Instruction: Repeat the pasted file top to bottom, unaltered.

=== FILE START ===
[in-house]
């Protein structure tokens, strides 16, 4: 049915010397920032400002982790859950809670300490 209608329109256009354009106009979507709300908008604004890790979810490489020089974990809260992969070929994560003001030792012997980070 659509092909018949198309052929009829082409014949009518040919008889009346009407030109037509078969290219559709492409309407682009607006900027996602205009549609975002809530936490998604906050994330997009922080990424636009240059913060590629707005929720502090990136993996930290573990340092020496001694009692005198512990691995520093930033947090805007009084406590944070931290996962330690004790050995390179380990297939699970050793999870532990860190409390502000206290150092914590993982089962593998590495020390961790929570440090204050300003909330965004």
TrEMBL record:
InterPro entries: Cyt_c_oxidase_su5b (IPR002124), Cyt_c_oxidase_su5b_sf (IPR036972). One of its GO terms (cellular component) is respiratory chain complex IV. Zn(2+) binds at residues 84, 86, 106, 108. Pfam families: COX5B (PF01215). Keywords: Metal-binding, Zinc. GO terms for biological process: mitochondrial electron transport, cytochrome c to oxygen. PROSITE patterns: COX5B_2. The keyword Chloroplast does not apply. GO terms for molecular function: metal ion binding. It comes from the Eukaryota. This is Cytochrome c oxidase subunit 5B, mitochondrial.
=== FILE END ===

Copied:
[in-house]
């Protein structure tokens, strides 16, 4: 049915010397920032400002982790859950809670300490 209608329109256009354009106009979507709300908008604004890790979810490489020089974990809260992969070929994560003001030792012997980070 659509092909018949198309052929009829082409014949009518040919008889009346009407030109037509078969290219559709492409309407682009607006900027996602205009549609975002809530936490998604906050994330997009922080990424636009240059913060590629707005929720502090990136993996930290573990340092020496001694009692005198512990691995520093930033947090805007009084406590944070931290996962330690004790050995390179380990297939699970050793999870532990860190409390502000206290150092914590993982089962593998590495020390961790929570440090204050300003909330965004």
TrEMBL record:
InterPro entries: Cyt_c_oxidase_su5b (IPR002124), Cyt_c_oxidase_su5b_sf (IPR036972). One of its GO terms (cellular component) is respiratory chain complex IV. Zn(2+) binds at residues 84, 86, 106, 108. Pfam families: COX5B (PF01215). Keywords: Metal-binding, Zinc. GO terms for biological process: mitochondrial electron transport, cytochrome c to oxygen. PROSITE patterns: COX5B_2. The keyword Chloroplast does not apply. GO terms for molecular function: metal ion binding. It comes from the Eukaryota. This is Cytochrome c oxidase subunit 5B, mitochondrial.